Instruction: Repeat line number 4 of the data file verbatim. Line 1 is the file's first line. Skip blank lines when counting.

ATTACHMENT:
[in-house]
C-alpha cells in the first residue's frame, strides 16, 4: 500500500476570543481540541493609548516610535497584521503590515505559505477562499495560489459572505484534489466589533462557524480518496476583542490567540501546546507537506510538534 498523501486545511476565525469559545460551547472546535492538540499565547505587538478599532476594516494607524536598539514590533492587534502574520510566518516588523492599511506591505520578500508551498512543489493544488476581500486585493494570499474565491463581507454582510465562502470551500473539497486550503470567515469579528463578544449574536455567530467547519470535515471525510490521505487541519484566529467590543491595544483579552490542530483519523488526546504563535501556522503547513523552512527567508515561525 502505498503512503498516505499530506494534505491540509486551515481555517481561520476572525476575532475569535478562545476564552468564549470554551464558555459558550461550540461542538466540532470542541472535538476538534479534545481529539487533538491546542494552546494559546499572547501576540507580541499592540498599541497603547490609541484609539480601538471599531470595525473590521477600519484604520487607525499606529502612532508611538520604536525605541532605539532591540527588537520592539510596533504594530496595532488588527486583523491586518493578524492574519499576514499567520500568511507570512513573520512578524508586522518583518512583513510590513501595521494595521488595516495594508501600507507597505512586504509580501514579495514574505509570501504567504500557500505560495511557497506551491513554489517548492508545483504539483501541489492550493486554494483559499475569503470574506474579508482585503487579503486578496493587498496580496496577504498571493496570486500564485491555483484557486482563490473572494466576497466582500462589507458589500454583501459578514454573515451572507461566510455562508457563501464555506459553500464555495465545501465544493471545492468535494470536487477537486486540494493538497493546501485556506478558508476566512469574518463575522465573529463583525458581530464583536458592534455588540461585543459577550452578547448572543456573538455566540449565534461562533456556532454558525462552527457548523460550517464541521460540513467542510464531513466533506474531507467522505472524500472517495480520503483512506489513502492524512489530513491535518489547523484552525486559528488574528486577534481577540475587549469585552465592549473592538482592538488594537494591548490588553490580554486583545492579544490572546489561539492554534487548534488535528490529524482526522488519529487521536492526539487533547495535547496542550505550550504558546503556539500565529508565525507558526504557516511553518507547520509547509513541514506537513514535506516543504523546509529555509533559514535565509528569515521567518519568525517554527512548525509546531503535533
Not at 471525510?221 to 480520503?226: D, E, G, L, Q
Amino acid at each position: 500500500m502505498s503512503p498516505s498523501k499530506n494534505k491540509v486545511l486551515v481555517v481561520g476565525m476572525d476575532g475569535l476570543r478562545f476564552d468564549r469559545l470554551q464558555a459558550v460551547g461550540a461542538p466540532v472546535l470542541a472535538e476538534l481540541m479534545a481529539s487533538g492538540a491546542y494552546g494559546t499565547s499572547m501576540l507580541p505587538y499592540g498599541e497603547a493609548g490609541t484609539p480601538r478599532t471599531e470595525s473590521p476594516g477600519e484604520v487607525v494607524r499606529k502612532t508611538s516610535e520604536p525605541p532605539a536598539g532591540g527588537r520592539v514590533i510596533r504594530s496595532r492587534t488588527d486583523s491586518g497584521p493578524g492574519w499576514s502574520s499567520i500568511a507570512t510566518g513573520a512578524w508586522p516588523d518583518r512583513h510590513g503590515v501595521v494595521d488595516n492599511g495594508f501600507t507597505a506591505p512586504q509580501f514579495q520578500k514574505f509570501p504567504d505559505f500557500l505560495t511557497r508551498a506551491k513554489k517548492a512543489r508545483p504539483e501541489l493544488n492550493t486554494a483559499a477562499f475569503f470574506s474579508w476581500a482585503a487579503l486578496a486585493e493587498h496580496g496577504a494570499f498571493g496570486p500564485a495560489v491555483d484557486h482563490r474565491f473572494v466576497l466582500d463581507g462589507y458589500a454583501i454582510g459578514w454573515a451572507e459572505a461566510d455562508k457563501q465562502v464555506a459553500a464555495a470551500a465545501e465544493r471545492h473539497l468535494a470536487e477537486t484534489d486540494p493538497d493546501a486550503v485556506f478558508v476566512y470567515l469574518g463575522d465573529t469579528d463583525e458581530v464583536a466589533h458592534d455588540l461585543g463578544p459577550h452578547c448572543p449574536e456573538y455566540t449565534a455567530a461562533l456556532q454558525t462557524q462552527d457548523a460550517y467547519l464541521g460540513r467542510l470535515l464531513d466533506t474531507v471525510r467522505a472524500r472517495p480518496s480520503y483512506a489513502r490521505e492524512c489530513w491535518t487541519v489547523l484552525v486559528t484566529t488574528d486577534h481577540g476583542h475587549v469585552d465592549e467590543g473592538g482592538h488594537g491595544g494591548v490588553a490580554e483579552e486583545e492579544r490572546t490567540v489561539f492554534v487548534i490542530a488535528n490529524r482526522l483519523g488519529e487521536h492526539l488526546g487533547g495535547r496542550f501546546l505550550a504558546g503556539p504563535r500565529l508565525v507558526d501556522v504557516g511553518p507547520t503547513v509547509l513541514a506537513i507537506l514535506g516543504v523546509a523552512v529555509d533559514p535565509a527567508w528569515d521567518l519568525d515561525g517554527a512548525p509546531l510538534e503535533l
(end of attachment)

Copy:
Amino acid at each position: 500500500m502505498s503512503p498516505s498523501k499530506n494534505k491540509v486545511l486551515v481555517v481561520g476565525m476572525d476575532g475569535l476570543r478562545f476564552d468564549r469559545l470554551q464558555a459558550v460551547g461550540a461542538p466540532v472546535l470542541a472535538e476538534l481540541m479534545a481529539s487533538g492538540a491546542y494552546g494559546t499565547s499572547m501576540l507580541p505587538y499592540g498599541e497603547a493609548g490609541t484609539p480601538r478599532t471599531e470595525s473590521p476594516g477600519e484604520v487607525v494607524r499606529k502612532t508611538s516610535e520604536p525605541p532605539a536598539g532591540g527588537r520592539v514590533i510596533r504594530s496595532r492587534t488588527d486583523s491586518g497584521p493578524g492574519w499576514s502574520s499567520i500568511a507570512t510566518g513573520a512578524w508586522p516588523d518583518r512583513h510590513g503590515v501595521v494595521d488595516n492599511g495594508f501600507t507597505a506591505p512586504q509580501f514579495q520578500k514574505f509570501p504567504d505559505f500557500l505560495t511557497r508551498a506551491k513554489k517548492a512543489r508545483p504539483e501541489l493544488n492550493t486554494a483559499a477562499f475569503f470574506s474579508w476581500a482585503a487579503l486578496a486585493e493587498h496580496g496577504a494570499f498571493g496570486p500564485a495560489v491555483d484557486h482563490r474565491f473572494v466576497l466582500d463581507g462589507y458589500a454583501i454582510g459578514w454573515a451572507e459572505a461566510d455562508k457563501q465562502v464555506a459553500a464555495a470551500a465545501e465544493r471545492h473539497l468535494a470536487e477537486t484534489d486540494p493538497d493546501a486550503v485556506f478558508v476566512y470567515l469574518g463575522d465573529t469579528d463583525e458581530v464583536a466589533h458592534d455588540l461585543g463578544p459577550h452578547c448572543p449574536e456573538y455566540t449565534a455567530a461562533l456556532q454558525t462557524q462552527d457548523a460550517y467547519l464541521g460540513r467542510l470535515l464531513d466533506t474531507v471525510r467522505a472524500r472517495p480518496s480520503y483512506a489513502r490521505e492524512c489530513w491535518t487541519v489547523l484552525v486559528t484566529t488574528d486577534h481577540g476583542h475587549v469585552d465592549e467590543g473592538g482592538h488594537g491595544g494591548v490588553a490580554e483579552e486583545e492579544r490572546t490567540v489561539f492554534v487548534i490542530a488535528n490529524r482526522l483519523g488519529e487521536h492526539l488526546g487533547g495535547r496542550f501546546l505550550a504558546g503556539p504563535r500565529l508565525v507558526d501556522v504557516g511553518p507547520t503547513v509547509l513541514a506537513i507537506l514535506g516543504v523546509a523552512v529555509d533559514p535565509a527567508w528569515d521567518l519568525d515561525g517554527a512548525p509546531l510538534e503535533l